Image: Michael Ansaldo/Foundry
KeePass password manager users may want to be extra vigilant for the next several weeks or so. A newly discovered vulnerability allows retrieval of of the master password in plaintext, even when the database is locked or the program is closed. And while a fix is in the works, it won’t arrive until early June at the soonest.
As reported by Bleeping Computer (which covers the issue in full technical detail), a security researcher known as vdohney published a proof-of-concept tool that demonstrated the exploit in action. An attacker can perform a memory dump to gather most of the master password in plaintext, even when a KeePass database is closed, the program is locked, or the program is no longer open. When pulled out of the memory, the first one or two characters of the password will be missing, but can then be guessed to figure out the entire string.
For those unfamiliar with memory dumping vulnerabilities, you can think of this scenario a bit like KeePass’s master password as loose change in a pants pocket. Shake out the pants and you get nearly the whole dollar (so to speak) needed to buy entry into the database—but those coins shouldn’t be floating around in that pocket to begin with.
The proof-of-concept tool demonstrates this issue in Windows, but Linux and macOS are believed to be vulnerable, too, as the problem exists within in KeePass, not the operating system. Standard user accounts in Windows aren’t safe, either—dumping the memory does not require administrative privileges. To execute the exploit, a malicious actor would need either access to the computer remotely (gained through malware) or physically.
All existing versions of KeePass 2.x (e.g., 2.53.1) are affected. Meanwhile, KeePass 1.x (an older edition of the program that’s still being maintained), KeePassXC, and Strongbox, which are other password managers compatible with KeePass database files, are not affected according to vdohney.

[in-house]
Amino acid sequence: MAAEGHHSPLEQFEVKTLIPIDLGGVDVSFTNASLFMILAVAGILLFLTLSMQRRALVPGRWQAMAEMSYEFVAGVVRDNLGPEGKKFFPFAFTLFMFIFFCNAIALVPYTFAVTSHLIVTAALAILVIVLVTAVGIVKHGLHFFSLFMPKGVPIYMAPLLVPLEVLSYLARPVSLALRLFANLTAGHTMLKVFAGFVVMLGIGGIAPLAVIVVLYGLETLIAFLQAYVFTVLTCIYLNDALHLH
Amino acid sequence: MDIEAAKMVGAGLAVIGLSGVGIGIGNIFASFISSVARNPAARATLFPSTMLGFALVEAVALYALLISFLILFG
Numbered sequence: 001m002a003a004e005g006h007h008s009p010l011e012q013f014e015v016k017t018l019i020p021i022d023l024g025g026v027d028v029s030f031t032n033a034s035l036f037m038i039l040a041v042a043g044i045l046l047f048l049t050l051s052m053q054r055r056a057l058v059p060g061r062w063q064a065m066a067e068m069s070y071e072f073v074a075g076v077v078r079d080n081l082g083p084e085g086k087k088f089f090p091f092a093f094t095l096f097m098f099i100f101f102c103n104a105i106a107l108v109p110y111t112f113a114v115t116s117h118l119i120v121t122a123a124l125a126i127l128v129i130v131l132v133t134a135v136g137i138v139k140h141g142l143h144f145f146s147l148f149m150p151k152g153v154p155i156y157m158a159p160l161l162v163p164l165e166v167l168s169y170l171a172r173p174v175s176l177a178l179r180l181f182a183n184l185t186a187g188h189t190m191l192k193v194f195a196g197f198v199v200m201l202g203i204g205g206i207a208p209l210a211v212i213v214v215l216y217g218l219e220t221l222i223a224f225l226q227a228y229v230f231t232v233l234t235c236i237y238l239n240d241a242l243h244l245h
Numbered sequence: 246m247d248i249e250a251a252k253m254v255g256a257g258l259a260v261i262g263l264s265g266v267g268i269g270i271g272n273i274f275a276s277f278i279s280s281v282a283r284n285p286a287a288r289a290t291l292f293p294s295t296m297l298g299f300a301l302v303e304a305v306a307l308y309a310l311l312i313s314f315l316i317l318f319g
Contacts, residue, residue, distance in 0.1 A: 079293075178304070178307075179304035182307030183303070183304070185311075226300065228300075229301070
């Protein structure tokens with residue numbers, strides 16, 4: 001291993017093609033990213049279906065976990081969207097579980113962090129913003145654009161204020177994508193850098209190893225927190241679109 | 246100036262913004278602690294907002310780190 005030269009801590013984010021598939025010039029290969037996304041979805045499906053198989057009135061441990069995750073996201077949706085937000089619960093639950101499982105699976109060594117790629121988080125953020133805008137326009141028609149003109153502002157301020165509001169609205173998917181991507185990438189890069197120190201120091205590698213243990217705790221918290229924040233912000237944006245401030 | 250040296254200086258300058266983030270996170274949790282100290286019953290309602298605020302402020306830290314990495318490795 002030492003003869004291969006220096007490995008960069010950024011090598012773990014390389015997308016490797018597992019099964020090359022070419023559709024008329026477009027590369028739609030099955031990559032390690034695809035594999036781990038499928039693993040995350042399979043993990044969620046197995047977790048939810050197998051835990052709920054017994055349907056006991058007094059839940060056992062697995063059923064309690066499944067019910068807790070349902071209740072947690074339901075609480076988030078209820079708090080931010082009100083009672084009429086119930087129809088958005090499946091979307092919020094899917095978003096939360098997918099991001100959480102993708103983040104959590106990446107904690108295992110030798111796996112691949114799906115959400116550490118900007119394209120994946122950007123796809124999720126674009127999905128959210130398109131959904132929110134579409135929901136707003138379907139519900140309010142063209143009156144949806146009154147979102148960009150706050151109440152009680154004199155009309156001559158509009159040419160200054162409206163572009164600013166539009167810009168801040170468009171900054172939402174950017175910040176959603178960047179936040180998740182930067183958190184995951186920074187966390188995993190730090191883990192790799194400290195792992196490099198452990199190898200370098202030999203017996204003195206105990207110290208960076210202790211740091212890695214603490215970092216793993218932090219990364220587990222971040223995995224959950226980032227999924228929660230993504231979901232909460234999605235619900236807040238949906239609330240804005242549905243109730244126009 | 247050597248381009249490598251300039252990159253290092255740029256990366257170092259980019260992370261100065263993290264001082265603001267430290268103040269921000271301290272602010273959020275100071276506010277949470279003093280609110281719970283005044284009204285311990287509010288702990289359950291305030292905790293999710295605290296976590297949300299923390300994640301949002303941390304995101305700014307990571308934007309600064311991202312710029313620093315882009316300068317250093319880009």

A fix for this vulnerability will come in KeePass version 2.54, which is likely to launch in early June. Dominick Reichl, the developer of KeePass, gave this estimate in a sourceforge forum along with the caveat that the timeframe is not guaranteed. An unstable test version of KeePass with the security mitigations is available now. Bleeping Computer reports that the creator of the proof-of-concept exploit tool cannot reproduce the issue with the fixes in place.
However, even after upgrading to the fixed version of KeePass, the master password may still be viewable in the program’s memory files. To fully protect against that, you’ll have to wipe your PC completely using the mode that overwrites existing data, then freshly reinstall the operating system.
That’s a pretty drastic move, however. More reasonably, don’t let untrusted individuals access your computer, and don’t click any unknown links or install any unknown software. A good antivirus program (like one of those among our top recommendations) helps, too. When the fixed version of KeePass launches, you can also change your master password after upgrading—doing so should make the previous password irrelevant if it’s still lurking in your memory files.
You can also reduce your exposure by restarting your PC, clearing your hibernation and swap files, and temporarily accessing your KeePass database in a safe alternative like KeePassXC instead. Device encryption can also help against a physical attack on your PC (or if you think someone could mine this info after you donate or junk the PC). There are ways to stay protected—and fortunately, this appears to be only a proof-of-concept concern, rather than an active exploit.
Author: Alaina Yee, Senior Editor
Alaina Yee is PCWorld’s resident bargain hunter—when she’s not covering PC building, computer components, mini-PCs, and more, she’s scouring for the best tech deals. Previously her work has appeared in PC Gamer, IGN, Maximum PC, and Official Xbox Magazine. You can find her on Twitter at @morphingball.